Divers may be loving Florida's coral reefs a little too much. A recent study reveals that coral reefs off the continental United States suffer from a "stress-related syndrome," and divers may share much of the blame.
"When you touch a coral, you remove the mucous coating which protects it from disease and infection," said Helen Talge, a graduate student at the University of South Florida who conducted the study. "We're afraid that diver contact could be killing them."
For years, marine biologists have known that the brittle, living colonies of coral polyps were easily damaged by anchors and boat groundings. But Talge's study is the first scientific attempt to link recreational divers to the reefs' decline.
"A simple touch or scratch can trigger what is called a "Shut Down Reaction' in corals that can kill a coral head in a matter of hours," Talge, 55, wrote in the report she presented this month to the American Academy of Underwater Sciences. "This reaction is very contagious and can pass to other corals, possibly killing an entire reef."
Talge's findings are based on a three-month study at several locations in the Florida Keys, primarily Looe Key National Marine Sanctuary, a popular 5-square mile reef system about three miles south of Big Pine Key.
More than 50,000 people visited the Sanctuary in 1989, a 300 percent increase over the previous five years.
Talge spent more than 60 hours underwater observing the diving habits of 206 scuba divers. Each time a diver grabbed or bumped the coral, she described the incident on a prepared slate. Additional information included the diver's experience, the duration of the dive and any briefings given by the captain or dive master.
The study found that scuba divers were more likely to damage the coral than snorkelers. Men were more likely to touch the reef than women. And divers with gloves had more contact than divers without.
From her observations and follow-up interviews, Talge compiled a profile of the "most abusive diver." He is an experienced diver, 25 to 35, and lives on the West Coast of Florida, she said.
The average diver touched the reef seven times per half-hour dive; the average snorkeler touched it once. But the snorkelers' contacts often were more serious because they had a tendency to stand on the corals.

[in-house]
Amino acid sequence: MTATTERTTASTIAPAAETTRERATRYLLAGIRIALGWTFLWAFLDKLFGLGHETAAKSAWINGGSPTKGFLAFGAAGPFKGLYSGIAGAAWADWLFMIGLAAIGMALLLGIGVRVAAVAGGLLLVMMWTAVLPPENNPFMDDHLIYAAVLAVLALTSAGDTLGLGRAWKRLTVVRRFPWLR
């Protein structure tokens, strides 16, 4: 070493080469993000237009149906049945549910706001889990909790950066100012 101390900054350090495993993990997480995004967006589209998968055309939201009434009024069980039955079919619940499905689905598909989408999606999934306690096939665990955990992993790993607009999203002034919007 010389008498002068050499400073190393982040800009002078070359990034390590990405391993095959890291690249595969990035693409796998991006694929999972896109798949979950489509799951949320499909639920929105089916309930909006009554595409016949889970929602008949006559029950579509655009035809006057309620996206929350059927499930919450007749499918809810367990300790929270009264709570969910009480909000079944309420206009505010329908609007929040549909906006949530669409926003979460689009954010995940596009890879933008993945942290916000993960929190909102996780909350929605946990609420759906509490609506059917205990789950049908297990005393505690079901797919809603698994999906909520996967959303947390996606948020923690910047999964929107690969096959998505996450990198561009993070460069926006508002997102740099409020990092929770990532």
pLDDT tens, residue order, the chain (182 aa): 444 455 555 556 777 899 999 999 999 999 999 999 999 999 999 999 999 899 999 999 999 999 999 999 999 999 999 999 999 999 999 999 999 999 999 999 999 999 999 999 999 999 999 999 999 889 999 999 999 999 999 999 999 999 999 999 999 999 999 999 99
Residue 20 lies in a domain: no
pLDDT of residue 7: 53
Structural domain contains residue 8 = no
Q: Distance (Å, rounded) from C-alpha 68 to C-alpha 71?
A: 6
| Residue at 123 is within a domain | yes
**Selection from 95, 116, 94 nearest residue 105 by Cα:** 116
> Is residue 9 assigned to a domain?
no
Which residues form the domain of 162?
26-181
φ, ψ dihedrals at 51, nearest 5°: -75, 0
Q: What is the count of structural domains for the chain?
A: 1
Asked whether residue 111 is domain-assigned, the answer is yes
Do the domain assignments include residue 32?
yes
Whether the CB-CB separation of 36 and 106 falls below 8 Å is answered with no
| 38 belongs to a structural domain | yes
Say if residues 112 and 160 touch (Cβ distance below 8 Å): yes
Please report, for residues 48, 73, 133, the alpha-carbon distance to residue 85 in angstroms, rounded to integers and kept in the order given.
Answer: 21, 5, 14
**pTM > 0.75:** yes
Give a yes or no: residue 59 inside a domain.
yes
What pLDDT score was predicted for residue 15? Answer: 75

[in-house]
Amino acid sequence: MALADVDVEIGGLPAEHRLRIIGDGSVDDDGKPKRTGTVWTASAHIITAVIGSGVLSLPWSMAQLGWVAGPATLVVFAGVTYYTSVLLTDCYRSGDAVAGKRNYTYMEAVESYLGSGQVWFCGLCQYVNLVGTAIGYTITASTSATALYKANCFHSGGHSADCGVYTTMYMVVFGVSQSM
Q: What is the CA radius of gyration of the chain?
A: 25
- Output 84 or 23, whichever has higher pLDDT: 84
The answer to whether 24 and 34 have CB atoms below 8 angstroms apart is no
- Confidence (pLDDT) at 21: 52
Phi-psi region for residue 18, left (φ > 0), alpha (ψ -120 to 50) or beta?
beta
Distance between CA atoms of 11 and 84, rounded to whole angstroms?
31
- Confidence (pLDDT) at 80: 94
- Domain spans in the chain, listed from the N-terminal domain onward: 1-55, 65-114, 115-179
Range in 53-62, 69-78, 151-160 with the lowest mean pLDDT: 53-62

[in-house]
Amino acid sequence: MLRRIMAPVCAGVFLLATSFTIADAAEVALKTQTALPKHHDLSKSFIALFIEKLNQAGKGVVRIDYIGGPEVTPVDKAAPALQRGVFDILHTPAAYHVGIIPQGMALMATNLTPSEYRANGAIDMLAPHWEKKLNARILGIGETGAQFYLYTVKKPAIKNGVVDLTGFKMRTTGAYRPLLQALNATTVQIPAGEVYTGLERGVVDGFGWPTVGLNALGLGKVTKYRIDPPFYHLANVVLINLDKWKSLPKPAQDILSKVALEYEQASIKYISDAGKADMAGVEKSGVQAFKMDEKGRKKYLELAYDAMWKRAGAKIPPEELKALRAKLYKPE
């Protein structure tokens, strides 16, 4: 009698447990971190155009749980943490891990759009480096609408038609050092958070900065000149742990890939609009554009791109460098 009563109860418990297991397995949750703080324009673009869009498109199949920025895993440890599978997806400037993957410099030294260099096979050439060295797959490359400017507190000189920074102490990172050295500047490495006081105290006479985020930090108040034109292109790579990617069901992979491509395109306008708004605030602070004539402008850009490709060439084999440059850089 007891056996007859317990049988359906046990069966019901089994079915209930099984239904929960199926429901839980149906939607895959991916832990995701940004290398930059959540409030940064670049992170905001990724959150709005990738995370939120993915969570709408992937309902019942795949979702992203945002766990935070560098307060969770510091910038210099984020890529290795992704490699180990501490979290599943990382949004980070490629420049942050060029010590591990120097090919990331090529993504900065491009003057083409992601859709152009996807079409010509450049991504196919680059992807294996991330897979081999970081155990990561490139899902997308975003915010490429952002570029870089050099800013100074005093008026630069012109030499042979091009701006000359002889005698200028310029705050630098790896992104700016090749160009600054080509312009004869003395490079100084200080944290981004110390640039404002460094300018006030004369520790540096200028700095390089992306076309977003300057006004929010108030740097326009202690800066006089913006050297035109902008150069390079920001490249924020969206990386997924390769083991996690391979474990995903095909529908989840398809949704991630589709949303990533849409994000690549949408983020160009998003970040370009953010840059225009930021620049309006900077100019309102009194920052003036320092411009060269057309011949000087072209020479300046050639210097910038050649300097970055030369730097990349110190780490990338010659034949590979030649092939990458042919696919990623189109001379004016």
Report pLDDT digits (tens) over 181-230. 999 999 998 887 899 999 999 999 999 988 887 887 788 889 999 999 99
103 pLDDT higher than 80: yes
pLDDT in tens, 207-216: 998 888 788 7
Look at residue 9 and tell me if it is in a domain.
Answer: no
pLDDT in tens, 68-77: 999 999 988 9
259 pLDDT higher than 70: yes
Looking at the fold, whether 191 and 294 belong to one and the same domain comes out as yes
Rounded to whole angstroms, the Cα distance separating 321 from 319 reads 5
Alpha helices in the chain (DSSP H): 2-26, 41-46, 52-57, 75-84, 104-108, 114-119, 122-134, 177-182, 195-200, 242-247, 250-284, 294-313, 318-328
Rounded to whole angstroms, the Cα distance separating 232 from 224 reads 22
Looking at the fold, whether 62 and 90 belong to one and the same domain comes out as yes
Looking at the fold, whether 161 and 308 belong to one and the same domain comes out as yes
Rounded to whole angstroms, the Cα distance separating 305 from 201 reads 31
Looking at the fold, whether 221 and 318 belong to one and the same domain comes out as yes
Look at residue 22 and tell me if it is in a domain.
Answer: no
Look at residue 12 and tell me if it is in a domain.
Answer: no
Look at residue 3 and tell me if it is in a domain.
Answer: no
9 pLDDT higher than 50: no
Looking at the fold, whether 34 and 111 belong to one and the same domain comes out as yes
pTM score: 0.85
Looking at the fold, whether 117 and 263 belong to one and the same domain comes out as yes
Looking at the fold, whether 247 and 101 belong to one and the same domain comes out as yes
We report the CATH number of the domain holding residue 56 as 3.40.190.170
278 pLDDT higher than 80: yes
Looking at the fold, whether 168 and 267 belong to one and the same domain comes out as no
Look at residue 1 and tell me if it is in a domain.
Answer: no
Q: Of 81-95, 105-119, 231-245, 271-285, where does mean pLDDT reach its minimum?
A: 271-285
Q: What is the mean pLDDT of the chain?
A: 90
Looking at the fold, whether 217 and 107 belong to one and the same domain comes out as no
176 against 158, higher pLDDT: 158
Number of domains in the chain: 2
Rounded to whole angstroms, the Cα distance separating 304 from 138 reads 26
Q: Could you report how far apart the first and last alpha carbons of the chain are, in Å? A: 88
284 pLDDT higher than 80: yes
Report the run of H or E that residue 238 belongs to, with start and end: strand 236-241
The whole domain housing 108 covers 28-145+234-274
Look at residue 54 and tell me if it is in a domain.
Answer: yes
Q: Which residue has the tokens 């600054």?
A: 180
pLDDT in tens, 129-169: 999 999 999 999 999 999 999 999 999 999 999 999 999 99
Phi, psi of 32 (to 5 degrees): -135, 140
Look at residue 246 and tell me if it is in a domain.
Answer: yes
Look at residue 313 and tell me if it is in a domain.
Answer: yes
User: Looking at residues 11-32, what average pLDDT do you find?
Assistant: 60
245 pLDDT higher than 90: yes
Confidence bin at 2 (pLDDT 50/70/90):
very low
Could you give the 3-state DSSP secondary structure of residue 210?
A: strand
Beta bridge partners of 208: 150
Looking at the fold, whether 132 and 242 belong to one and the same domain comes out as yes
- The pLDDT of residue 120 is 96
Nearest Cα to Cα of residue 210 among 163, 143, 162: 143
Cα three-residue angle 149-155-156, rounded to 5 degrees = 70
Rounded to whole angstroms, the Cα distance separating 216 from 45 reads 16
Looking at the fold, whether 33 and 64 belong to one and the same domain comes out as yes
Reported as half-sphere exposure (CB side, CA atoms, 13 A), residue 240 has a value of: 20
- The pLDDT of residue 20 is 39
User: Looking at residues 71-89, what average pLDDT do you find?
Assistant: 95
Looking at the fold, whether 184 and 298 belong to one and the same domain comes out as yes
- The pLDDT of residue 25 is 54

Another problem cited in Talge's report is the effect divers have on water quality. On a given day, 300 divers may explore a small section of reef.
Because waters around reefs generally lack nutrients, "300 divers urinating in the water could increase nitrogen concentration of the water by 25 to 50 percent," hindering the reef's growth and stimulating harmful algae.
"This problem could be reduced by educating divers and concession operators that metabolic wastes should be disposed of in sewage treatment systems," the report stated.
Talge's study also found that divers often had a problem controlling buoyancy. Because they wore too much weight, they often banged into reefs.
"It's just a question of training," said Brian Grindey, a scuba instructor with Mac's Sports, a Clearwater dive shop. "If you give students enough time in the pool, that shouldn't happen."
Better diver education and training is the key to protecting the reefs, said Mark Robertson of the Nature Conservancy's Key West office, the organization that commissioned Talge's study.
"This is the first time we have had any quantitative information on the issue," he said. "We'll use the information to help educate visitors to the reef."
Harold Hudson, a reef biologist who works in both the Looe Key and Key Largo marine sanctuaries, thinks the problem could be worse than Talge documented.
"Her results are certainly real, but the data is probably conservative," Hudson said. "If these transgressions were occurring randomly, the system could stand it. But it is a chronic problem.
"Day after day, year after year, the coral can't handle this kind of stress," he said. "You might say we are loving it to death."